By Jason Parker (Ragachak)
Wonderful Concept. . .
. . . Less than desirable result. Darkfall: Unholy Wars is the leviathan sequel of Darkfall, a PC PVP MMO. Greenlit by the Steam Community, this title (in celebration of its one year anniversary) gave all players, new and old, a free weekend to log on and see just what Darkfall is all about, to bring back old players, and perhaps snare some new ones. In this interesting title, you pick a race and a class that suits your playstyle. You are given a primary and secondary skillset and you pick two of the three available. It’s a fairly unique concept, not seen in very many MMOS (except one of the last titles I reviewed, the alpha of Albion Online) these days.
Players can construct their own fortresses and cities, and rule there for as long as the player clans are capable of keeping it in their grasp. The game itself is level-free, similar to Albion, in that you grow stronger via “Renown.” Renown is gained in doing virtually everything in the game, from chopping wood and gathering wool, to destroying the undead in graveyards. You can play this game by yourself, but it is not recommended. It would be much wiser to join a clan, and participate in their events, waging war against others. If that is not something you wish to do, I would consider overlooking this title. It is really only for the hardcore PVP gamer.
What Has Been Seen Cannot Be Unseen
One of the most horrific things I have seen in this game is the UI. If you do not do the entirety of the tutorial, you may actually wind up missing parts of the UI for your own use. Not that that is a bad thing in and of itself, but it is hard to see many things; the icons are tiny on default, and useful, important information is printed on the top of the screen in a tiny, almost 4pt font. I had no idea I was even farming wood until I glanced at the top of my screen. Progress is measured in this UI, as you can see your feats there, which show what you have done or not done just yet. Simply killing an enemy creature displays in bold letters across your screen that have you slain something; it is as if they want you to feel like it is an accomplishment, but don’t be mistaken. Every kill is an accomplishment. Resulting in another oversized pop-up ad nausea. Not like World of Warcraft’s huge trash packs (groups of unimportant enemies in small clumps).
The map is atrocious; this I cannot say enough. It is a blob of colors and tiny icons, a contrast from the sharp details one might see in the regular world. It is crude, and hazy, not what a map ought to be. It’s terribly unclear, and if you don’t click on the icons to add them to your map, you might never know where you are. The tutorial does make mention of how to do it, but I’m personally of the opinion that certain important landmarks should actually be on a map. That’s why there are maps in the first place!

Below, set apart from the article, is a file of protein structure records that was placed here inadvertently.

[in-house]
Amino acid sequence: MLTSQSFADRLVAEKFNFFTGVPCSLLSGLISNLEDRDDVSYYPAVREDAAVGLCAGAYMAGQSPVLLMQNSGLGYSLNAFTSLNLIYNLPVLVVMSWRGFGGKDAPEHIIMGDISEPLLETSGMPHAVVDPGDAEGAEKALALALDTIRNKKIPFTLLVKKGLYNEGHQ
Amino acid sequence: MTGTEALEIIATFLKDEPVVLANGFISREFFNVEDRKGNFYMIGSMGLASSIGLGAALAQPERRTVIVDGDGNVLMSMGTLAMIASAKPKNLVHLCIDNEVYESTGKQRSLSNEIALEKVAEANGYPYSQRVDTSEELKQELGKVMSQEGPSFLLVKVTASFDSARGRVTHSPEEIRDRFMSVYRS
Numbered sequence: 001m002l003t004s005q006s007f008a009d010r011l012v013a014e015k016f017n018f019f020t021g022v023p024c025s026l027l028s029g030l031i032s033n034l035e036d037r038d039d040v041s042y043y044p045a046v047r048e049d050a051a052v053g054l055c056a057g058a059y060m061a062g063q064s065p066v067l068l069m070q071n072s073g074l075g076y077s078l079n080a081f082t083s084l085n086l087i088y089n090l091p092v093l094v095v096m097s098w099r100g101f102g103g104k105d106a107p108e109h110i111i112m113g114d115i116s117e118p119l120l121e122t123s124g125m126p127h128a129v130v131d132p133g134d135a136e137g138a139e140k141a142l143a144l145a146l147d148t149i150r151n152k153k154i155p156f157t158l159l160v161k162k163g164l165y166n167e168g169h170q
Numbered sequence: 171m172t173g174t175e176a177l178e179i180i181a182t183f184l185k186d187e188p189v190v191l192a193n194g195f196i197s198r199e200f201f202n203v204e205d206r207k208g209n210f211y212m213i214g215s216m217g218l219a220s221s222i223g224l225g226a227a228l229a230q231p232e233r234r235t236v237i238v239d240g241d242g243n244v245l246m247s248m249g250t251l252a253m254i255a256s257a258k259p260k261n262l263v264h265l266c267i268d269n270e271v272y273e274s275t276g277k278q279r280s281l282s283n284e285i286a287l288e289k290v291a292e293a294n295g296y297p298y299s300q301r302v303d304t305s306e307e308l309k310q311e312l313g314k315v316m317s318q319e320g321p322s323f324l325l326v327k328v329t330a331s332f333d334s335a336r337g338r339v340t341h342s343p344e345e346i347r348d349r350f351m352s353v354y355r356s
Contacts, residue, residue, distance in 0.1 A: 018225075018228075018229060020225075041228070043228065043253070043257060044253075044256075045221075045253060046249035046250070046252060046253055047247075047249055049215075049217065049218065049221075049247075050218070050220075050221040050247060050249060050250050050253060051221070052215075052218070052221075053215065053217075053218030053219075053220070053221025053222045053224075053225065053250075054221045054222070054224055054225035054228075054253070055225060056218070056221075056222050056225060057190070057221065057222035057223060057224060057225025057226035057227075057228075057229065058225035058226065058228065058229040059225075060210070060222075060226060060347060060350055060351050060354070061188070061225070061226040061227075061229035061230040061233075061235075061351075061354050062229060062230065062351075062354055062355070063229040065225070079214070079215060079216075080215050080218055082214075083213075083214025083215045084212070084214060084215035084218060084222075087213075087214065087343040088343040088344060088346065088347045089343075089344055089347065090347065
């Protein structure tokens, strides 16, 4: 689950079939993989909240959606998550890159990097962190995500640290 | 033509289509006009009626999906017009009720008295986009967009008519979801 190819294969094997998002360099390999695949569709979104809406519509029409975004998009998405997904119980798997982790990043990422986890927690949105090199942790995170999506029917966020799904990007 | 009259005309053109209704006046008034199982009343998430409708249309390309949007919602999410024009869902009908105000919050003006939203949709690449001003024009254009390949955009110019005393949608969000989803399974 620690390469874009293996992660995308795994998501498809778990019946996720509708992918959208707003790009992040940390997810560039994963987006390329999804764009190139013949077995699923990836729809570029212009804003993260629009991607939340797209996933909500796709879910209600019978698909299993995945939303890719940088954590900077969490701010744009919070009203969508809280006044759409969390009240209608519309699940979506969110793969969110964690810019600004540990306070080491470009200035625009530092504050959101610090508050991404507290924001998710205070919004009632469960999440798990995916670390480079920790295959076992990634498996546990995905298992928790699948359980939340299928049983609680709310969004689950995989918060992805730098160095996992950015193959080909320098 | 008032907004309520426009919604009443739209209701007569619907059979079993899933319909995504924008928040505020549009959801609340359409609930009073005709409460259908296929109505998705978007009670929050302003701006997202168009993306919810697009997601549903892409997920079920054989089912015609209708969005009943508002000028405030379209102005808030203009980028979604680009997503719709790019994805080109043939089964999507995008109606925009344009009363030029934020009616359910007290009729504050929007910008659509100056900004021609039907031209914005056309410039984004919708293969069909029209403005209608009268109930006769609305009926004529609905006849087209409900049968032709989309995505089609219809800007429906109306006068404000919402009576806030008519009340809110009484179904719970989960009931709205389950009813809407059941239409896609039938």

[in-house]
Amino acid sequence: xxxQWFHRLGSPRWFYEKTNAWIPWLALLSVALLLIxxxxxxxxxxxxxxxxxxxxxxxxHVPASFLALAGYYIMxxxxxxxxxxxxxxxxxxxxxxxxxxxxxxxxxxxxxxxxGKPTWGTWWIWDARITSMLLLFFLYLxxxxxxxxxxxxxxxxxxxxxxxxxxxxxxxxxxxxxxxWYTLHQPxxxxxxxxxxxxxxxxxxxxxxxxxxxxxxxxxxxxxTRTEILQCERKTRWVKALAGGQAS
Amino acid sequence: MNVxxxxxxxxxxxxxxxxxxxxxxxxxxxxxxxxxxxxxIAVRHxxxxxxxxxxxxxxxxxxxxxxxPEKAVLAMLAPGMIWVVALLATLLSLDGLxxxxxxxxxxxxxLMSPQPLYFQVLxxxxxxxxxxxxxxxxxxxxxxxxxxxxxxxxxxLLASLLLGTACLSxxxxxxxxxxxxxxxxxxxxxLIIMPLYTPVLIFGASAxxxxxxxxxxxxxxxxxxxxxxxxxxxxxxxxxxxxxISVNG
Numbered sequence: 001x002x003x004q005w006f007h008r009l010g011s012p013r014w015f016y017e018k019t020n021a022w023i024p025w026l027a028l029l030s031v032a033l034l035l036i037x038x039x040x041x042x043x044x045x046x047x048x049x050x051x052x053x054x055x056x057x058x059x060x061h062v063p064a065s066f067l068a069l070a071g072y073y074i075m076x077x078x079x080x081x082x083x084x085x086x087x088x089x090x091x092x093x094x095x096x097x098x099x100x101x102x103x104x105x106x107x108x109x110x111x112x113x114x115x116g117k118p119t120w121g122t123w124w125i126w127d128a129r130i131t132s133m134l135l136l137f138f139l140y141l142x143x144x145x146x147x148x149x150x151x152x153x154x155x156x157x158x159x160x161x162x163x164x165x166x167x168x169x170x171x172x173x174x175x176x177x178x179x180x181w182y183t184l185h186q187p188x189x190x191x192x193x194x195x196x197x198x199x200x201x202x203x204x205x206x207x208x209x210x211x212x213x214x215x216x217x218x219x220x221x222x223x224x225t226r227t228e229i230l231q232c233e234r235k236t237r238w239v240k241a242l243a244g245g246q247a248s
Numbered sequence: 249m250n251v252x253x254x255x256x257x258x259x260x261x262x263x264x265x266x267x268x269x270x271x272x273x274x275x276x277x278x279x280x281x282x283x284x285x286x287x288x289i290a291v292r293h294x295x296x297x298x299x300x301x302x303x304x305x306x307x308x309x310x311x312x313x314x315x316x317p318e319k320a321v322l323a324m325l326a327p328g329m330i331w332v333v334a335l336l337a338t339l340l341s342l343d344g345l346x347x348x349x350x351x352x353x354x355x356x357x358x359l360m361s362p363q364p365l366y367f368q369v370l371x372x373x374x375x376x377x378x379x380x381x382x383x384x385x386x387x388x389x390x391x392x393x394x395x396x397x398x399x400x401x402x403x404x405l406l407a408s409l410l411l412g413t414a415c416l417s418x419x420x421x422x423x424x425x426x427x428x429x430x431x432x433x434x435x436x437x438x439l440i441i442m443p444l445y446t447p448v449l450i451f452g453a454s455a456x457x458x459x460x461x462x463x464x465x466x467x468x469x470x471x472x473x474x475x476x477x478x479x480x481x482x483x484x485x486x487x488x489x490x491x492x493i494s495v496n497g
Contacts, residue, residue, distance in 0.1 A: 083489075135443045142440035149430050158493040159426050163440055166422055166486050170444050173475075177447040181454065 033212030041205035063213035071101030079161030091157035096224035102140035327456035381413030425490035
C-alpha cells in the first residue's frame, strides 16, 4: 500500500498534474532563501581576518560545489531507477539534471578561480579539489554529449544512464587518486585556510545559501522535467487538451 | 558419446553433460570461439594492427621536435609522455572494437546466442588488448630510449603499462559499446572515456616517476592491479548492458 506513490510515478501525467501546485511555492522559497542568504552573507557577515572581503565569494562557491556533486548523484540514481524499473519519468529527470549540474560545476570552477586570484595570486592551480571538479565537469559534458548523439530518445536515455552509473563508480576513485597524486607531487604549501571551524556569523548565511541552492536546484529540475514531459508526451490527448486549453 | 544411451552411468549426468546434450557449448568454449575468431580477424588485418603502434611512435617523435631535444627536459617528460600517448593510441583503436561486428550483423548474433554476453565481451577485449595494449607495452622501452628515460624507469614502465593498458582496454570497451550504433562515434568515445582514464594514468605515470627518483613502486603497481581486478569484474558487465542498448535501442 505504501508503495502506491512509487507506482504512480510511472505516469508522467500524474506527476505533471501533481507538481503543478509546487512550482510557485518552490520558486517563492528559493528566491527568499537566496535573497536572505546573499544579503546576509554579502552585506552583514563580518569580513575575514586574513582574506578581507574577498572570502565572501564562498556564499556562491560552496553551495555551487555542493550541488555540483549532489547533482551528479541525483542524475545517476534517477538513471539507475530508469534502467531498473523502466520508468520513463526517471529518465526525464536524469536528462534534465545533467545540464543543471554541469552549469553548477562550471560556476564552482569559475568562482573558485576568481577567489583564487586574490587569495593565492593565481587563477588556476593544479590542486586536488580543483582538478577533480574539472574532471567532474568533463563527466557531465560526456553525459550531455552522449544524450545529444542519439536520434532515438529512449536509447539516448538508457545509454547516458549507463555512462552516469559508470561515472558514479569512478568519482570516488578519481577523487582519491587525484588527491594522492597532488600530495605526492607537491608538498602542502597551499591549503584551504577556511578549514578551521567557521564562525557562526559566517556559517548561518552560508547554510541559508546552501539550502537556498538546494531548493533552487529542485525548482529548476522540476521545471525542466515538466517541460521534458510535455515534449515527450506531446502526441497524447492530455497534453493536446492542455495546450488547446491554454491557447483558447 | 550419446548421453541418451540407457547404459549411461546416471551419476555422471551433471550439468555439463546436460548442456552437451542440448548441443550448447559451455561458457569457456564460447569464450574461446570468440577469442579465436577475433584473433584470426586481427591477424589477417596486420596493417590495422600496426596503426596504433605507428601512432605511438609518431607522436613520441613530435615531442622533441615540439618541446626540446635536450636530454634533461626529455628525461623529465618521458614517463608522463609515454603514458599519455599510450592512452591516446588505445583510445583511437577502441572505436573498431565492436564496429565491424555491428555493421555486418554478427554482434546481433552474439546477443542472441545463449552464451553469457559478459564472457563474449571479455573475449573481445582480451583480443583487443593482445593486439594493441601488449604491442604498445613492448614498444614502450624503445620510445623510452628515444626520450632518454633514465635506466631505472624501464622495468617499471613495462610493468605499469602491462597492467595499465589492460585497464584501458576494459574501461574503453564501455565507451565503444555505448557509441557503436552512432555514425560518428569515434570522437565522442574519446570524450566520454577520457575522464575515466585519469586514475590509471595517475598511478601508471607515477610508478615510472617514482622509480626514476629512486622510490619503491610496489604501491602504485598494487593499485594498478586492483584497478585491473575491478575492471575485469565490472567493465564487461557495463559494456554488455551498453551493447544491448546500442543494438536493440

If you accidentally click it away, the social tab does hide something very useful. One great positive I can highlight is the Mentor system. This is a system where a new player is paired with a veteran who signs up, and they will (in theory) teach them the workings of the game. As long as student and master are both willing and able, this is a fantastic idea, as the game feels pretty complex, and there are a myriad of things one can be doing while playing.
A Whole New World
There are positives about Darkfall: Unholy Wars. The idea of it being pure-PK may not be for everyone, but gamers in this niche will love the concept of murdering an enemy clan in thousands on thousands PVP, utterly wiping them out in order to take their hard-earned money and equipment. The thought of setting so many people back weeks and months of real game time may not appeal to you, but consider this: it is a truly ever-changing world. In this setting, cities can be started, stolen, and torn asunder. I feel that this concept’s time has come. Other MMOs have tried this in the past, and not many have really succeeded. Albion is attempting something similar, but I think this is a grander portrayal, based on looks. The graphics are wholly grungy and dark, but they are fairly sharp.
But this is still, at its core, Pure Hardcore PVP. It is unforgiving and cruel, and as a new player, I would expect to die, and die often. It is highly recommended to gain membership of a clan as soon as possible, and farm a bunch of spare parts in your bank for when you perish in the meantime. There are safe havens where you may not be killed, but should you venture into the territory of another clan, or into a conflicted zone, be wary. You could be on the fast track to a corpse run; but, since they will be no doubt looting everything you own and love, it will be a trip back to the trees and brush to farm new materials.
What Is Most Important In Life?